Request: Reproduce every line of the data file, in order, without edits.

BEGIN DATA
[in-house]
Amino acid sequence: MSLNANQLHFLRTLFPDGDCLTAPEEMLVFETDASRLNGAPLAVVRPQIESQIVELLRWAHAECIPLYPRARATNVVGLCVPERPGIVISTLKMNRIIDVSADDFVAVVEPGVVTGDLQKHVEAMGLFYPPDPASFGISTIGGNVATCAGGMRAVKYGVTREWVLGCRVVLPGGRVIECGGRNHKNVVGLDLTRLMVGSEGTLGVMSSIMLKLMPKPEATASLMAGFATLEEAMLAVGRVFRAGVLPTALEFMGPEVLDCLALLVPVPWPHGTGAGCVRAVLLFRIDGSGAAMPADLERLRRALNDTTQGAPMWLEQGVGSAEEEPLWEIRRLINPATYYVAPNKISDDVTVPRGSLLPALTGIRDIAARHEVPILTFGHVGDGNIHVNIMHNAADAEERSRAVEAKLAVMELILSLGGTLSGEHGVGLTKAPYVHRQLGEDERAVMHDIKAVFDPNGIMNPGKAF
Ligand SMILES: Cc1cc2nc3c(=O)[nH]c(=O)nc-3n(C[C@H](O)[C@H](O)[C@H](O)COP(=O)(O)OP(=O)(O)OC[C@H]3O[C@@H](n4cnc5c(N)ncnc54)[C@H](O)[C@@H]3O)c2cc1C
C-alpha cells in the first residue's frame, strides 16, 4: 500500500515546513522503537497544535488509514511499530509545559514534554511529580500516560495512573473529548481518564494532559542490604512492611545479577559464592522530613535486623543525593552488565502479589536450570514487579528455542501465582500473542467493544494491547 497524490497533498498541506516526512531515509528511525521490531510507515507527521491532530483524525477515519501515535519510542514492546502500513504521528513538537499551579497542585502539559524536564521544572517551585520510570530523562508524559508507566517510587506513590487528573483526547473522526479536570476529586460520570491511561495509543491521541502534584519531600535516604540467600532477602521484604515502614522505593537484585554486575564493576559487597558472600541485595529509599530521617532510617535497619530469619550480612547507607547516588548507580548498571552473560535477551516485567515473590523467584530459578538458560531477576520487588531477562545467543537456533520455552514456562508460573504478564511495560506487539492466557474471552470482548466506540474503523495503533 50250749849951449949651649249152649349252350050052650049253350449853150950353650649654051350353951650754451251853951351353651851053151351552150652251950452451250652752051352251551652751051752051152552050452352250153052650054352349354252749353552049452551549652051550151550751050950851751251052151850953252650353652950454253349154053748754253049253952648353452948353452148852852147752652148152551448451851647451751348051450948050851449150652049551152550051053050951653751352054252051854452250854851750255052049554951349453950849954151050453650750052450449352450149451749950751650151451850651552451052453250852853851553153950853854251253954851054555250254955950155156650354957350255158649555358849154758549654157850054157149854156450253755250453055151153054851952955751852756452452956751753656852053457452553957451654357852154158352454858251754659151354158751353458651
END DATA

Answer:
[in-house]
Amino acid sequence: MSLNANQLHFLRTLFPDGDCLTAPEEMLVFETDASRLNGAPLAVVRPQIESQIVELLRWAHAECIPLYPRARATNVVGLCVPERPGIVISTLKMNRIIDVSADDFVAVVEPGVVTGDLQKHVEAMGLFYPPDPASFGISTIGGNVATCAGGMRAVKYGVTREWVLGCRVVLPGGRVIECGGRNHKNVVGLDLTRLMVGSEGTLGVMSSIMLKLMPKPEATASLMAGFATLEEAMLAVGRVFRAGVLPTALEFMGPEVLDCLALLVPVPWPHGTGAGCVRAVLLFRIDGSGAAMPADLERLRRALNDTTQGAPMWLEQGVGSAEEEPLWEIRRLINPATYYVAPNKISDDVTVPRGSLLPALTGIRDIAARHEVPILTFGHVGDGNIHVNIMHNAADAEERSRAVEAKLAVMELILSLGGTLSGEHGVGLTKAPYVHRQLGEDERAVMHDIKAVFDPNGIMNPGKAF
Ligand SMILES: Cc1cc2nc3c(=O)[nH]c(=O)nc-3n(C[C@H](O)[C@H](O)[C@H](O)COP(=O)(O)OP(=O)(O)OC[C@H]3O[C@@H](n4cnc5c(N)ncnc54)[C@H](O)[C@@H]3O)c2cc1C
C-alpha cells in the first residue's frame, strides 16, 4: 500500500515546513522503537497544535488509514511499530509545559514534554511529580500516560495512573473529548481518564494532559542490604512492611545479577559464592522530613535486623543525593552488565502479589536450570514487579528455542501465582500473542467493544494491547 497524490497533498498541506516526512531515509528511525521490531510507515507527521491532530483524525477515519501515535519510542514492546502500513504521528513538537499551579497542585502539559524536564521544572517551585520510570530523562508524559508507566517510587506513590487528573483526547473522526479536570476529586460520570491511561495509543491521541502534584519531600535516604540467600532477602521484604515502614522505593537484585554486575564493576559487597558472600541485595529509599530521617532510617535497619530469619550480612547507607547516588548507580548498571552473560535477551516485567515473590523467584530459578538458560531477576520487588531477562545467543537456533520455552514456562508460573504478564511495560506487539492466557474471552470482548466506540474503523495503533 50250749849951449949651649249152649349252350050052650049253350449853150950353650649654051350353951650754451251853951351353651851053151351552150652251950452451250652752051352251551652751051752051152552050452352250153052650054352349354252749353552049452551549652051550151550751050950851751251052151850953252650353652950454253349154053748754253049253952648353452948353452148852852147752652148152551448451851647451751348051450948050851449150652049551152550051053050951653751352054252051854452250854851750255052049554951349453950849954151050453650750052450449352450149451749950751650151451850651552451052453250852853851553153950853854251253954851054555250254955950155156650354957350255158649555358849154758549654157850054157149854156450253755250453055151153054851952955751852756452452956751753656852053457452553957451654357852154158352454858251754659151354158751353458651